These Living Robots Can Heal Themselves Like Wolverine
In today’s mad science news, humans just made a groundbreaking creation: a living robot made from frog stem cells. It is a living organism that can be programmed by scientists to do a variety of things, like working on radioactive contamination, cleaning up microplastics in the ocean, transporting medicine into specific organs in the body, and possibly even targeting certain unwanted cells like cancer.
The creation is not a known species of animal because scientists engineered it into existence by taking stem cells from frog embryos, then used a supercomputer to design a variety of ways in which cells could grow for specific purposes. Once they had the design they wanted, the scientists incubated the stem cells to make them grow, then cut up the cells based on the supercomputer’s design, according to a report by the Independent.
The result is frightening and fascinating: a clump of cells that moved on their own in a uniform fashion, just as how the supercomputer had designed them. The organisms were able organize themselves spontaneously and push pellets around, according to the scientists.
“These are novel living machines,” said Joshua Bongard of the University of Vermont, a scientist who co-led the research. “They’re neither a traditional robot nor a known species of animal. It’s a new class of artifact: a living, programmable organism.”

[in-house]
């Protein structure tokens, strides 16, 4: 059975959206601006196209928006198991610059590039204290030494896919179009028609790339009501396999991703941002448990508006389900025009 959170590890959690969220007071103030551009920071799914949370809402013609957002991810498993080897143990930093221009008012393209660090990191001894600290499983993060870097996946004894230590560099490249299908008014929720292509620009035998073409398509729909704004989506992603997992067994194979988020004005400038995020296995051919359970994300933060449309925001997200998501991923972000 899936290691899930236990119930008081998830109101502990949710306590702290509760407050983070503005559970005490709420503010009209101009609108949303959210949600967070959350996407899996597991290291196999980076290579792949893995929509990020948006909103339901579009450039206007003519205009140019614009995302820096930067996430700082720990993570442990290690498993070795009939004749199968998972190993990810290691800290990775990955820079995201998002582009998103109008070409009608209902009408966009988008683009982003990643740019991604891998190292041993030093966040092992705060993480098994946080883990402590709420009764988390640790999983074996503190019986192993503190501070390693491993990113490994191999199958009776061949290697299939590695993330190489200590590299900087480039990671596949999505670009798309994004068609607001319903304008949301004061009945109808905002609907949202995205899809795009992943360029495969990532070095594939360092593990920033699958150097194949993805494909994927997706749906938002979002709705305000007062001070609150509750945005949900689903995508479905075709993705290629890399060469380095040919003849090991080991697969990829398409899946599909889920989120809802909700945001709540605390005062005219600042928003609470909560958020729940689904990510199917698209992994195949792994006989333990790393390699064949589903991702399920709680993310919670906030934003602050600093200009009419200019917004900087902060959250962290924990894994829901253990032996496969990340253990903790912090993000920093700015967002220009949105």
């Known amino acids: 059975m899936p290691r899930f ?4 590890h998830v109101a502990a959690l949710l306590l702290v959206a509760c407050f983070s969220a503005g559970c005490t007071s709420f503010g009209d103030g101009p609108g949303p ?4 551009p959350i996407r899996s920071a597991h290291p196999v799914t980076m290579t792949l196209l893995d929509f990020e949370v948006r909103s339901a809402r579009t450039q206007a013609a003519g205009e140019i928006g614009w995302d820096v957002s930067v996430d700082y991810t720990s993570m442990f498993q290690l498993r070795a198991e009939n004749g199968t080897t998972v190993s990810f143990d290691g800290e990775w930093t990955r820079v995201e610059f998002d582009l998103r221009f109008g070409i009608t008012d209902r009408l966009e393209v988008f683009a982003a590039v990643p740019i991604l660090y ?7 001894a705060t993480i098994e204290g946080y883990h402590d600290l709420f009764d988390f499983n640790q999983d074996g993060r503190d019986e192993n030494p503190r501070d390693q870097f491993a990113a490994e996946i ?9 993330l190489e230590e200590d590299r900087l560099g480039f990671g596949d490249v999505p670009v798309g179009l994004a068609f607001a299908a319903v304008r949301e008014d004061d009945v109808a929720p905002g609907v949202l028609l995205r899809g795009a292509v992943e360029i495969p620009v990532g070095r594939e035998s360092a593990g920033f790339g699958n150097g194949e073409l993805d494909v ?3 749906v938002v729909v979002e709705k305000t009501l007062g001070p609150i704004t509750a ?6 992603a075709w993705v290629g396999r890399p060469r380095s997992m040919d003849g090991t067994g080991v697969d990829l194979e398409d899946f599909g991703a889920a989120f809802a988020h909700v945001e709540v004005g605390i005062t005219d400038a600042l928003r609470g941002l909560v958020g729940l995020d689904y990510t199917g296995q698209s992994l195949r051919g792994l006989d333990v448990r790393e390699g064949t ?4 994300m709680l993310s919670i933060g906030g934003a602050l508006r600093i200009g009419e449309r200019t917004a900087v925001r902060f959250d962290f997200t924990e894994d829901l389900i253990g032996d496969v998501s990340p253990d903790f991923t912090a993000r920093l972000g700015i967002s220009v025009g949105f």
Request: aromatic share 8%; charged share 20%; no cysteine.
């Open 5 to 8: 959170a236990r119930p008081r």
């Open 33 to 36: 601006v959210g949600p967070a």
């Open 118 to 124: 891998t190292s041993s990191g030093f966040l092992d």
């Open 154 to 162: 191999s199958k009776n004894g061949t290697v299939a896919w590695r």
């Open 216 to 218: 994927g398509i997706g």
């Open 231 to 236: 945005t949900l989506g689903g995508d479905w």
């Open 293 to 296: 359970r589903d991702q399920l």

Unlike traditional robots, the human-created organisms can heal themselves, like Wolverine, the mutant in X-Men with super healing abilities. The living robots self-repaired when they were sliced.
But the scientists are also afraid of what their new creation could lead to, admitting that if the living systems become sufficiently complex, they may not be able to control it or predict its behavior. Such creations could also be harnessed in unimaginable ways with costly consequences.
“This study is a direct contribution to getting a handle on what people are afraid of, which is unintended consequences,” said Michael Levin, co-leader of the research and director at the Center for Regenerative and Developmental Biology at Tufts University. “If humanity is going to survive into the future, we need to better understand how complex properties, somehow, emerge from simple rules.”